Less Than a state, more than an international organization: The Sui generis nature of the European Union
AbstractIn this paper, I show that the European Union (EU) is less than a state, but more than an international organization. Although it possesses some characteristics of both, the European Union is, I argue, a sui generis project: Although the EU wields extensive influence in some policy areas (such as competition policy or international trade regulation), its institutions’ powers are quite limited in many areas that remain firmly within the grasp of its Member States’ governments (such as security, justice, tax or redistribution policies). The European Union’s supranational elements – especially the EU laws’ supremacy over the laws of individual Member States – distinguish it, furthermore, from international organizations, such as the United Nations or the World Trade Organization. I conclude that the European Union is really a sui generis project that has not been attempted anywhere else: As such, it could be regarded as a useful case study, or perhaps even a “pilot project,” for regional integration projects elsewhere.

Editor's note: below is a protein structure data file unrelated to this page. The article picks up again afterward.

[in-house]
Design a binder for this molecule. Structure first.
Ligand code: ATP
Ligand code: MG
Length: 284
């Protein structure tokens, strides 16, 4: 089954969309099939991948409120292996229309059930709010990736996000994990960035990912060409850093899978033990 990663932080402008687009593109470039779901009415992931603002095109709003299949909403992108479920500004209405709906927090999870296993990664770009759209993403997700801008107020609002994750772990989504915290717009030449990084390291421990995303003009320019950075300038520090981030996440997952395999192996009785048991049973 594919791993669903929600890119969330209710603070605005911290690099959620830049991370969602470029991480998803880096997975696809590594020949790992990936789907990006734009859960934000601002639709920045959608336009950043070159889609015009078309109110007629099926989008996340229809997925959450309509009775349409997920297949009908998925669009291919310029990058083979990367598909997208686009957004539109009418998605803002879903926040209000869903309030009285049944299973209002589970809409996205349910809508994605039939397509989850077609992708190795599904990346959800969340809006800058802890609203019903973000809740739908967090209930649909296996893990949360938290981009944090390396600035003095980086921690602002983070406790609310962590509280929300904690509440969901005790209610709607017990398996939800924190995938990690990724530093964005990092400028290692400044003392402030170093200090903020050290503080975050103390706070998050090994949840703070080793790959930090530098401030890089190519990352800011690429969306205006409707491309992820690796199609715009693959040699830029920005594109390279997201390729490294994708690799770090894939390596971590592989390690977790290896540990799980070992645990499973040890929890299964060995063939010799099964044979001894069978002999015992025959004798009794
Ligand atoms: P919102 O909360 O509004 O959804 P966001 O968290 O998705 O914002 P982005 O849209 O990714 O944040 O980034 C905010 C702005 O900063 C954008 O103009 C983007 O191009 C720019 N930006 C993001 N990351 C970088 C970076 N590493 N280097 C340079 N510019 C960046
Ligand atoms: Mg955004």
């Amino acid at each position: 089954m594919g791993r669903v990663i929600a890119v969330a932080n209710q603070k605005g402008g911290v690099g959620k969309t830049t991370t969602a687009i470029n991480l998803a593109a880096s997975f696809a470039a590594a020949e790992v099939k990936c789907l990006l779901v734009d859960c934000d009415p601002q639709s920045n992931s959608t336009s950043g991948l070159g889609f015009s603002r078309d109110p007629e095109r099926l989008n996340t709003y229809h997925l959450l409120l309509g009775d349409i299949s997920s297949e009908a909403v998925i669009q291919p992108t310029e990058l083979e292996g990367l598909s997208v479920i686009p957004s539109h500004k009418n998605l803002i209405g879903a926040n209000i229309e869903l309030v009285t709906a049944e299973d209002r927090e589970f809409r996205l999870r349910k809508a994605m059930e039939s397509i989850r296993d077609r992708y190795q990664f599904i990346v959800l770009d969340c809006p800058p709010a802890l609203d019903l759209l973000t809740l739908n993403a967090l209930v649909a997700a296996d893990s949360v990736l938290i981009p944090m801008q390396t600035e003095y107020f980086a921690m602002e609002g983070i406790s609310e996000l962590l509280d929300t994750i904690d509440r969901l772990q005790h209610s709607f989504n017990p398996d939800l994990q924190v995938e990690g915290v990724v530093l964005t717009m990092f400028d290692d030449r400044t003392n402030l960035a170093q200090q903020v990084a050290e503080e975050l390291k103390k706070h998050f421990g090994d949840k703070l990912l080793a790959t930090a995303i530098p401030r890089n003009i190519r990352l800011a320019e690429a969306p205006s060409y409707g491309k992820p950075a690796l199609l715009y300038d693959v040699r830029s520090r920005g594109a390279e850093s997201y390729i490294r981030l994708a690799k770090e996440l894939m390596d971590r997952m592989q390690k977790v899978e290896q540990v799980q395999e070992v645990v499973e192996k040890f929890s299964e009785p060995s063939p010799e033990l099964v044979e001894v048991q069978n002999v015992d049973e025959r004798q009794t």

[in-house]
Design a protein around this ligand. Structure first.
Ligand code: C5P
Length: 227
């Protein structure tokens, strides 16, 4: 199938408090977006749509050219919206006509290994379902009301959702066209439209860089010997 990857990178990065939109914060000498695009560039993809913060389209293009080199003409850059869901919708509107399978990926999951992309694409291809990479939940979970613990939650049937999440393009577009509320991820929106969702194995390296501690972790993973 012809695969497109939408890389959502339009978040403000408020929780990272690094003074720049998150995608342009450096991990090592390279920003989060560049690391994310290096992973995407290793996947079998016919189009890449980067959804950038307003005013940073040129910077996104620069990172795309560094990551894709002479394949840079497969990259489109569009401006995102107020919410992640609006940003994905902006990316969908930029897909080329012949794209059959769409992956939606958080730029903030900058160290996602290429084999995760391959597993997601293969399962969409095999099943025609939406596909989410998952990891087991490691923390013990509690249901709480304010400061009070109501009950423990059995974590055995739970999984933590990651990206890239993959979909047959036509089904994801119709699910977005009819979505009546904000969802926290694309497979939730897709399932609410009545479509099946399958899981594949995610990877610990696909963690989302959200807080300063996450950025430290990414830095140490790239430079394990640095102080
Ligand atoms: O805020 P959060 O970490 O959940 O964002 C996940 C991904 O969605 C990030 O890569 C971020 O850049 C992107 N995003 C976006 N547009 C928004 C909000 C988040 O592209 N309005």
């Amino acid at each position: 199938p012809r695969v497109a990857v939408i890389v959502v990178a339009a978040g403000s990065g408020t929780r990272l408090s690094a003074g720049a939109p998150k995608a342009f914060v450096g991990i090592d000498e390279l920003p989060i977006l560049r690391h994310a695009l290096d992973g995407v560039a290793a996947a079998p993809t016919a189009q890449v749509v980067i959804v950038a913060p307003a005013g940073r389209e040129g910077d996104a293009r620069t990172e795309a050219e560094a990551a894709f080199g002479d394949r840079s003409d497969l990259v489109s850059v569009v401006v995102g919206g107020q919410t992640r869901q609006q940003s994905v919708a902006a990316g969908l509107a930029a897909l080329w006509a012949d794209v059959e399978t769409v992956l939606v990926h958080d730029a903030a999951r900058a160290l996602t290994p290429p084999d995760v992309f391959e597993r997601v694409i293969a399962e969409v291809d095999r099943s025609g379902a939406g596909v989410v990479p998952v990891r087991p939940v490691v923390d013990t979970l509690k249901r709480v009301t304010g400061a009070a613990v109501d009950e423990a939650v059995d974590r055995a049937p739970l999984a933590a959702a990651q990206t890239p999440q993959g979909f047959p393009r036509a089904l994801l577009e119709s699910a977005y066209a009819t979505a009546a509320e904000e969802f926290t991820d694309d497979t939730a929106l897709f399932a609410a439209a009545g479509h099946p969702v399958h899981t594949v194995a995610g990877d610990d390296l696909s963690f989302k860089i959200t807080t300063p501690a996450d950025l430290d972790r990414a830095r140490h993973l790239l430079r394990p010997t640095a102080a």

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Bibliographic InfoPaper provided by University Library of Munich, Germany in its series MPRA Paper with number 27179.
Date of creation: Dec 2010
Date of revision:
European Union; regional integration; international organization; multilevel governance; security policy; tax policy; redistribution policy; European Union law; supranational institutions;
Find related papers by JEL classification:
- F15 - International Economics - - Trade - - - Economic Integration
- F13 - International Economics - - Trade - - - Trade Policy; International Trade Organizations
- F53 - International Economics - - International Relations, National Security, and International Political Economy - - - International Agreements and Observance; International Organizations
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